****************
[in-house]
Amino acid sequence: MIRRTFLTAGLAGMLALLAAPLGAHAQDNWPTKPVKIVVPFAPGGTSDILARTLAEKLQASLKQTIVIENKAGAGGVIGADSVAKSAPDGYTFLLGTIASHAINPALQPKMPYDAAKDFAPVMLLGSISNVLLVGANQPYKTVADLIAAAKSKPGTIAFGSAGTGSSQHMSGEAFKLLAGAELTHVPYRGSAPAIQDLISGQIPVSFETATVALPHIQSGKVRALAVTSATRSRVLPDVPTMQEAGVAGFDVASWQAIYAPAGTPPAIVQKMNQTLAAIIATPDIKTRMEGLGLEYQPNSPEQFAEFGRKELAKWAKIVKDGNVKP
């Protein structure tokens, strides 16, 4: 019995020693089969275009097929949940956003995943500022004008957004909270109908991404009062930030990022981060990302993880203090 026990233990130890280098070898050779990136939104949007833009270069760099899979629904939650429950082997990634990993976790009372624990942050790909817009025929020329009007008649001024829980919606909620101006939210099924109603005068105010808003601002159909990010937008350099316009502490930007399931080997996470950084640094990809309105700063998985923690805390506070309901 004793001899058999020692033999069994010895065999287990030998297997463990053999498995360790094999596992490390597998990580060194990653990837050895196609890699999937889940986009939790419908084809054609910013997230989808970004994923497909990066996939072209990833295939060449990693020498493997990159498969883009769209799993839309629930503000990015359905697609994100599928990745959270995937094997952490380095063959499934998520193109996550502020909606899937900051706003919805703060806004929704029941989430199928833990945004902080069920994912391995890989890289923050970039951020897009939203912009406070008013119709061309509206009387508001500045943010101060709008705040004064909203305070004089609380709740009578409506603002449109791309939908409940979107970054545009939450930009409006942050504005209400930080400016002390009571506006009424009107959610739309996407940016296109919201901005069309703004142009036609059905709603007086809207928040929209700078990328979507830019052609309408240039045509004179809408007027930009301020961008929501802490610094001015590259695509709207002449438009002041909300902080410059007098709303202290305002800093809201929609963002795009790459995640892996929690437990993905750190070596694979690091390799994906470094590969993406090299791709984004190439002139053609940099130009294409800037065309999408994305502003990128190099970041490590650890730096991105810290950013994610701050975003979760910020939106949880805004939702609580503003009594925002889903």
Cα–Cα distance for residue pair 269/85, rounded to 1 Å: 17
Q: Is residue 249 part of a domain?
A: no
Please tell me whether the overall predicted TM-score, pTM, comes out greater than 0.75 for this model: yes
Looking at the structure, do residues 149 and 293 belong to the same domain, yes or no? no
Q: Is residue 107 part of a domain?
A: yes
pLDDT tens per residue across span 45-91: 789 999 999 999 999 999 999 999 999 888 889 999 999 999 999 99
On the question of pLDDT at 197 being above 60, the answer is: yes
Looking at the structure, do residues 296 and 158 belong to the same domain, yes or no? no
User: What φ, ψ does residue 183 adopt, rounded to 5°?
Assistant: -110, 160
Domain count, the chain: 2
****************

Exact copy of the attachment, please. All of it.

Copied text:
[in-house]
Amino acid sequence: MIRRTFLTAGLAGMLALLAAPLGAHAQDNWPTKPVKIVVPFAPGGTSDILARTLAEKLQASLKQTIVIENKAGAGGVIGADSVAKSAPDGYTFLLGTIASHAINPALQPKMPYDAAKDFAPVMLLGSISNVLLVGANQPYKTVADLIAAAKSKPGTIAFGSAGTGSSQHMSGEAFKLLAGAELTHVPYRGSAPAIQDLISGQIPVSFETATVALPHIQSGKVRALAVTSATRSRVLPDVPTMQEAGVAGFDVASWQAIYAPAGTPPAIVQKMNQTLAAIIATPDIKTRMEGLGLEYQPNSPEQFAEFGRKELAKWAKIVKDGNVKP
């Protein structure tokens, strides 16, 4: 019995020693089969275009097929949940956003995943500022004008957004909270109908991404009062930030990022981060990302993880203090 026990233990130890280098070898050779990136939104949007833009270069760099899979629904939650429950082997990634990993976790009372624990942050790909817009025929020329009007008649001024829980919606909620101006939210099924109603005068105010808003601002159909990010937008350099316009502490930007399931080997996470950084640094990809309105700063998985923690805390506070309901 004793001899058999020692033999069994010895065999287990030998297997463990053999498995360790094999596992490390597998990580060194990653990837050895196609890699999937889940986009939790419908084809054609910013997230989808970004994923497909990066996939072209990833295939060449990693020498493997990159498969883009769209799993839309629930503000990015359905697609994100599928990745959270995937094997952490380095063959499934998520193109996550502020909606899937900051706003919805703060806004929704029941989430199928833990945004902080069920994912391995890989890289923050970039951020897009939203912009406070008013119709061309509206009387508001500045943010101060709008705040004064909203305070004089609380709740009578409506603002449109791309939908409940979107970054545009939450930009409006942050504005209400930080400016002390009571506006009424009107959610739309996407940016296109919201901005069309703004142009036609059905709603007086809207928040929209700078990328979507830019052609309408240039045509004179809408007027930009301020961008929501802490610094001015590259695509709207002449438009002041909300902080410059007098709303202290305002800093809201929609963002795009790459995640892996929690437990993905750190070596694979690091390799994906470094590969993406090299791709984004190439002139053609940099130009294409800037065309999408994305502003990128190099970041490590650890730096991105810290950013994610701050975003979760910020939106949880805004939702609580503003009594925002889903």
Cα–Cα distance for residue pair 269/85, rounded to 1 Å: 17
Q: Is residue 249 part of a domain?
A: no
Please tell me whether the overall predicted TM-score, pTM, comes out greater than 0.75 for this model: yes
Looking at the structure, do residues 149 and 293 belong to the same domain, yes or no? no
Q: Is residue 107 part of a domain?
A: yes
pLDDT tens per residue across span 45-91: 789 999 999 999 999 999 999 999 999 888 889 999 999 999 999 99
On the question of pLDDT at 197 being above 60, the answer is: yes
Looking at the structure, do residues 296 and 158 belong to the same domain, yes or no? no
User: What φ, ψ does residue 183 adopt, rounded to 5°?
Assistant: -110, 160
Domain count, the chain: 2